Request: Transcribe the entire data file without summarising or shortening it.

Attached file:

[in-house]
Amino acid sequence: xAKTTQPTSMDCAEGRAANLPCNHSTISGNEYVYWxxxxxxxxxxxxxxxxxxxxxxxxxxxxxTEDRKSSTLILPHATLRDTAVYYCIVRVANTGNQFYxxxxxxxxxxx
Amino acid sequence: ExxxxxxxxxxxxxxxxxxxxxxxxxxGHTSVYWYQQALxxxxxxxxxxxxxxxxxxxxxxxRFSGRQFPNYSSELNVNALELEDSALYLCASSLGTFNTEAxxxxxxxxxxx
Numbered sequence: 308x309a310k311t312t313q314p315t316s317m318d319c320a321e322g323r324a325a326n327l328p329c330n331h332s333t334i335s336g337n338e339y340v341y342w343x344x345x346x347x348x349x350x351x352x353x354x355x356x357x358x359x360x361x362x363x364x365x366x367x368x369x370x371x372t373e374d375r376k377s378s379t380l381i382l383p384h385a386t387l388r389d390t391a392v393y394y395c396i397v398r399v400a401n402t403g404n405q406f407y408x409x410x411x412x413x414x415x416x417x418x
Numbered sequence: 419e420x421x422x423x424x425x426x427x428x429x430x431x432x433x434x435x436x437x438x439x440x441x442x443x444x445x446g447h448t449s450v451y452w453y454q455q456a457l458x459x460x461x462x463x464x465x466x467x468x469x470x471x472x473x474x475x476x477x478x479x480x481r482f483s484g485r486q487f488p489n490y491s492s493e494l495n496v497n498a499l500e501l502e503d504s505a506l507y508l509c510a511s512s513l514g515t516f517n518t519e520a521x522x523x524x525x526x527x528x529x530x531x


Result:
[in-house]
Amino acid sequence: xAKTTQPTSMDCAEGRAANLPCNHSTISGNEYVYWxxxxxxxxxxxxxxxxxxxxxxxxxxxxxTEDRKSSTLILPHATLRDTAVYYCIVRVANTGNQFYxxxxxxxxxxx
Amino acid sequence: ExxxxxxxxxxxxxxxxxxxxxxxxxxGHTSVYWYQQALxxxxxxxxxxxxxxxxxxxxxxxRFSGRQFPNYSSELNVNALELEDSALYLCASSLGTFNTEAxxxxxxxxxxx
Numbered sequence: 308x309a310k311t312t313q314p315t316s317m318d319c320a321e322g323r324a325a326n327l328p329c330n331h332s333t334i335s336g337n338e339y340v341y342w343x344x345x346x347x348x349x350x351x352x353x354x355x356x357x358x359x360x361x362x363x364x365x366x367x368x369x370x371x372t373e374d375r376k377s378s379t380l381i382l383p384h385a386t387l388r389d390t391a392v393y394y395c396i397v398r399v400a401n402t403g404n405q406f407y408x409x410x411x412x413x414x415x416x417x418x
Numbered sequence: 419e420x421x422x423x424x425x426x427x428x429x430x431x432x433x434x435x436x437x438x439x440x441x442x443x444x445x446g447h448t449s450v451y452w453y454q455q456a457l458x459x460x461x462x463x464x465x466x467x468x469x470x471x472x473x474x475x476x477x478x479x480x481r482f483s484g485r486q487f488p489n490y491s492s493e494l495n496v497n498a499l500e501l502e503d504s505a506l507y508l509c510a511s512s513l514g515t516f517n518t519e520a521x522x523x524x525x526x527x528x529x530x531x